TUQ Blog 01
I used to avoid parent-teacher evenings at my daughter’s school. They always took place in the gym, a pandemonium of a hundred clashing and echoing voices. I could have asked for the interviews in a private room and taken the chance that maybe I could still follow voices, which inevitably danced just beyond reach of my hearing aid. But I did not, largely because I took a pragmatic view. At the time we lived in the country, where interpreters were scarce. And besides, my hearing partner, Shirl, was a former teacher and most capable in matters educational.
Mattie, my daughter, is a passionate actor and was a dedicated school student. For her last two years of schooling, we moved from Castlemaine to Melbourne, and enrolled her in a school in Hawthorn, one with a strong performing arts program. At 16, she seemed to thrive, but these were the crucial years of schooling. So when parent-teacher night came around again, this time, I asked the school to provide an Auslan interpreter for me. The school agreed immediately. And that was how Kirri came and sat with us.
My native language is English; Auslan, or Australian Sign Language, is my third language. I retain some French from school, but I am far more fluent in Auslan than French. I began to absorb sign language after I finished school. This was the time I commenced to make my own discoveries about deafness and Deaf people. Eventually I worked in places where I used sign language every working day.
I try not to count the number of meetings I have attended in my working life. Until about ten years ago they were generally opportunities to have a short rest, to day dream, and to hone the art of appearing to pay attention. Then I attended an AGM of a disability employment group in Bendigo in Central Victoria. I went there for form’s sake, to put in an appearance, but that changed when I realised they had an interpreter there, Andrea.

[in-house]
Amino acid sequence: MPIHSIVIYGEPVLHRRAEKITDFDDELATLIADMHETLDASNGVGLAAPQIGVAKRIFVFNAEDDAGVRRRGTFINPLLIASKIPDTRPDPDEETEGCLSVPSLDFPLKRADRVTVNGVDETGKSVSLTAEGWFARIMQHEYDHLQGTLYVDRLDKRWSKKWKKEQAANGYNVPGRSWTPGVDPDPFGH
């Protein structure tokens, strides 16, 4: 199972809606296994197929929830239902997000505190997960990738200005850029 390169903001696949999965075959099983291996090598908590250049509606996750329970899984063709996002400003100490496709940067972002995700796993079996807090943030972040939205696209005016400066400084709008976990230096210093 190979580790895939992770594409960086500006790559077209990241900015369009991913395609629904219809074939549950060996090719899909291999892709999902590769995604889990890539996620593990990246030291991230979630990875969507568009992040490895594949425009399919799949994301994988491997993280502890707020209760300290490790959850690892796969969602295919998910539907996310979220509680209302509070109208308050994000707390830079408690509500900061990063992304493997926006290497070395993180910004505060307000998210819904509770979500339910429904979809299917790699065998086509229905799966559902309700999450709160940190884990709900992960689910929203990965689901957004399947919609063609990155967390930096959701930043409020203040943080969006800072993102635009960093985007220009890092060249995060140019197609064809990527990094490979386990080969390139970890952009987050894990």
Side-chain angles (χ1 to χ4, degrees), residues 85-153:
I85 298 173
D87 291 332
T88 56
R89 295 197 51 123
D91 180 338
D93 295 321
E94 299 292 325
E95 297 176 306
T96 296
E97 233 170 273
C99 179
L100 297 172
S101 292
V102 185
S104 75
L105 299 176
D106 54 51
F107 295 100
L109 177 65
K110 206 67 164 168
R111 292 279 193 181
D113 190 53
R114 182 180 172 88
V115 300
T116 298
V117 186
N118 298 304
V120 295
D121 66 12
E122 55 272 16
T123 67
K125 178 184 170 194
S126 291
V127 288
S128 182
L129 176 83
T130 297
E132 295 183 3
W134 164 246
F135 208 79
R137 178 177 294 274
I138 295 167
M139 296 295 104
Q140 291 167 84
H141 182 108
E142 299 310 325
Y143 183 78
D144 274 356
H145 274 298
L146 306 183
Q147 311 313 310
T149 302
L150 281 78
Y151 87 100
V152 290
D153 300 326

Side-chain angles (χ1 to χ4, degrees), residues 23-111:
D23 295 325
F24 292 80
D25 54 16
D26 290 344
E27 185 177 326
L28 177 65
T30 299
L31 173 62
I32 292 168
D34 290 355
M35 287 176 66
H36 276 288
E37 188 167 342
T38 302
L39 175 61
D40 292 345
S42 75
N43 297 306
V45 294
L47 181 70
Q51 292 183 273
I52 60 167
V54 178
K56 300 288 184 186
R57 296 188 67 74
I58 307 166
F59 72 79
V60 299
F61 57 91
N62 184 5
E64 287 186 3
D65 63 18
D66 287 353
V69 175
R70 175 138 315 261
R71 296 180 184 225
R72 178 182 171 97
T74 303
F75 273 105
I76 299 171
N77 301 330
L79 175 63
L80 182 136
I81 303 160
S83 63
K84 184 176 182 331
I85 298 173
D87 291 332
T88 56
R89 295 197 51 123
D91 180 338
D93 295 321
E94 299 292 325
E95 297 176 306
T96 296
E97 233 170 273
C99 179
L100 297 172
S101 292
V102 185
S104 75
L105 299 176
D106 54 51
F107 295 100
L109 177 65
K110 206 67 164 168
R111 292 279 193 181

That AGM was a revelation. I have forgotten the nature of the business that was transacted. But I remember it well because thanks to Andrea, I could make a certain sense of the proceedings. Where most AGMs are concerned, this time I knew why it was boring. I coped with a new sensation: being plausibly bored was a lot better than being guiltily bored.
In the acoustic maelstrom of hearing people, Auslan interpreters resemble linguistic guardian angels. Interpreters carve meaning out of air. Interpreters give speech a three-dimensional fullness that contrasts with the flat, discordant burbling of words and voices that make no sense. Using interpreters boosts my fluency in Auslan, which is becoming my bilingual investment as the moderate hearing I was born with dwindles to nothing.
And thus, Kirri interpreted for me at this parent-teacher evening. As I often do, I went through with her a quick list of the educational terms and expressions we were likely to expect. Then Mattie’s English teacher came in, and we started. With her and with all the teachers, I watched Kirri, asked questions, made comments. I laughed with Mattie, with Shirl, and the teachers.
At the end of the interviews we sat around, in a pleasant pause. Mattie was glowing. She always had a pretty good academic record, and she was maintaining it for her new school. Kirri signed to me, INTERVIEWS FINISH? YES? WILL-GO. I replied, YES FINISH THANK-YOU. She smiled at us all, gathered her bag, signed and said good-bye, and made her way out.
We sat in silence for some moments, Mattie, Shirl, and myself. Abruptly, Mattie got up from her chair. She came over and wrapped her arms around me, and for some moments, held me.
Many years later I asked Mattie if she could remember that hug. She could. She said she was so used to seeing her Dad as a silent and passive presence at the fringes of groups of people. But at that parent-teacher night, Kirri had made it all different.
That was true, and I have no doubt there were other reasons, too. But there is one thing I do know about Mattie’s hug: to all Auslan interpreters, whoever you are and where-ever you work, that hug was for you.
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